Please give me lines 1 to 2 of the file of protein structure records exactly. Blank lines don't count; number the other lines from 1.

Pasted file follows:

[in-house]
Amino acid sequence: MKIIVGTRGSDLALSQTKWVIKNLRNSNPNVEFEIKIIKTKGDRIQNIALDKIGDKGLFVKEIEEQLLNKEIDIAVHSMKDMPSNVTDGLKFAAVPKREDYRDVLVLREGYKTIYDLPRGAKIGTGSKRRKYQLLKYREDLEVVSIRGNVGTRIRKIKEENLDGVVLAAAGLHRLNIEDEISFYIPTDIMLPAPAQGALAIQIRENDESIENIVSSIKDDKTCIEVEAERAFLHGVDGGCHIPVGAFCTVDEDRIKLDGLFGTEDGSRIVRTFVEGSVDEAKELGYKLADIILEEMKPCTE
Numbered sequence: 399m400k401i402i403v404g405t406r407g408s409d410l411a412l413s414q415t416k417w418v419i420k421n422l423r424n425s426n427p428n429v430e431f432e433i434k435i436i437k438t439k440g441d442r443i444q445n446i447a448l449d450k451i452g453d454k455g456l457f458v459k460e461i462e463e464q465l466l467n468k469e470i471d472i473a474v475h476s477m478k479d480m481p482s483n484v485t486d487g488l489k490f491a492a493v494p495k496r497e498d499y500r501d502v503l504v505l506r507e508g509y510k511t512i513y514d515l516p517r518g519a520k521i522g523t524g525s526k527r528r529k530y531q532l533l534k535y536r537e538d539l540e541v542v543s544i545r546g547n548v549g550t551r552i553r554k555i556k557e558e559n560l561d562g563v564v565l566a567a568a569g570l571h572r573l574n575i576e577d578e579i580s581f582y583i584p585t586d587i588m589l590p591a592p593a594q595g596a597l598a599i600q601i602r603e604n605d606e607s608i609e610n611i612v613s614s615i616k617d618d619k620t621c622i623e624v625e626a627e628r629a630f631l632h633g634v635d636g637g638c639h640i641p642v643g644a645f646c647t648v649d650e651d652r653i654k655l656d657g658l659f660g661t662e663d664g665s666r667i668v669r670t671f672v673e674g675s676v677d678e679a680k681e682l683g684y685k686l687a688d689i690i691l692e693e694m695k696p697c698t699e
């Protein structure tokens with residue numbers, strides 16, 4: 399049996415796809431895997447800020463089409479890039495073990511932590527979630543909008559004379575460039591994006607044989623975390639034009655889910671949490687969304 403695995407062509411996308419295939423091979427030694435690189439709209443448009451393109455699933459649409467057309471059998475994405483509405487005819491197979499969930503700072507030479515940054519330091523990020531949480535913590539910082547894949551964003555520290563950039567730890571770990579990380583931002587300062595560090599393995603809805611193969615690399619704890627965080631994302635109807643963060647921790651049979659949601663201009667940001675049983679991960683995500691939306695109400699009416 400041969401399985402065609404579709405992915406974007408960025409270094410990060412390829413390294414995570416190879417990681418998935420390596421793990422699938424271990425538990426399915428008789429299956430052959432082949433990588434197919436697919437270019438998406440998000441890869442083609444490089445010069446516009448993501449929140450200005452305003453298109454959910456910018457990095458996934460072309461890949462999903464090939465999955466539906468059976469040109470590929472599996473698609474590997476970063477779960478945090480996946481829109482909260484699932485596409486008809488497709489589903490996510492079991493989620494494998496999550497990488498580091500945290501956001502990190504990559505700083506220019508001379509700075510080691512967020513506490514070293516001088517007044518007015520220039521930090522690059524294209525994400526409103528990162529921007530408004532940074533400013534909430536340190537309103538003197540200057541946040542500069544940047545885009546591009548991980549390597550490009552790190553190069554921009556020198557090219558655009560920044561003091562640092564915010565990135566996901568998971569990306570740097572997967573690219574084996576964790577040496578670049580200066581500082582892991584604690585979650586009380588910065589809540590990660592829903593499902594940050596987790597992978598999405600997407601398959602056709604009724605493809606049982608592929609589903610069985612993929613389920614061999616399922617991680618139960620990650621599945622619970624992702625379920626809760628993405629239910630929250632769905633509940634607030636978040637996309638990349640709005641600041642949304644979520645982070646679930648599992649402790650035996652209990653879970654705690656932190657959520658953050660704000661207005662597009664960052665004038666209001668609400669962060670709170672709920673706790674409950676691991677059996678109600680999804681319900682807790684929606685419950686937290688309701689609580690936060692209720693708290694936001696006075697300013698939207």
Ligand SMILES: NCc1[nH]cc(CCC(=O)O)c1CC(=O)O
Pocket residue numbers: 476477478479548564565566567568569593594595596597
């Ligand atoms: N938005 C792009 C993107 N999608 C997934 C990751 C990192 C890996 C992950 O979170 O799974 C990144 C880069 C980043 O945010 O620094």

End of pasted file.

[in-house]
Amino acid sequence: MKIIVGTRGSDLALSQTKWVIKNLRNSNPNVEFEIKIIKTKGDRIQNIALDKIGDKGLFVKEIEEQLLNKEIDIAVHSMKDMPSNVTDGLKFAAVPKREDYRDVLVLREGYKTIYDLPRGAKIGTGSKRRKYQLLKYREDLEVVSIRGNVGTRIRKIKEENLDGVVLAAAGLHRLNIEDEISFYIPTDIMLPAPAQGALAIQIRENDESIENIVSSIKDDKTCIEVEAERAFLHGVDGGCHIPVGAFCTVDEDRIKLDGLFGTEDGSRIVRTFVEGSVDEAKELGYKLADIILEEMKPCTE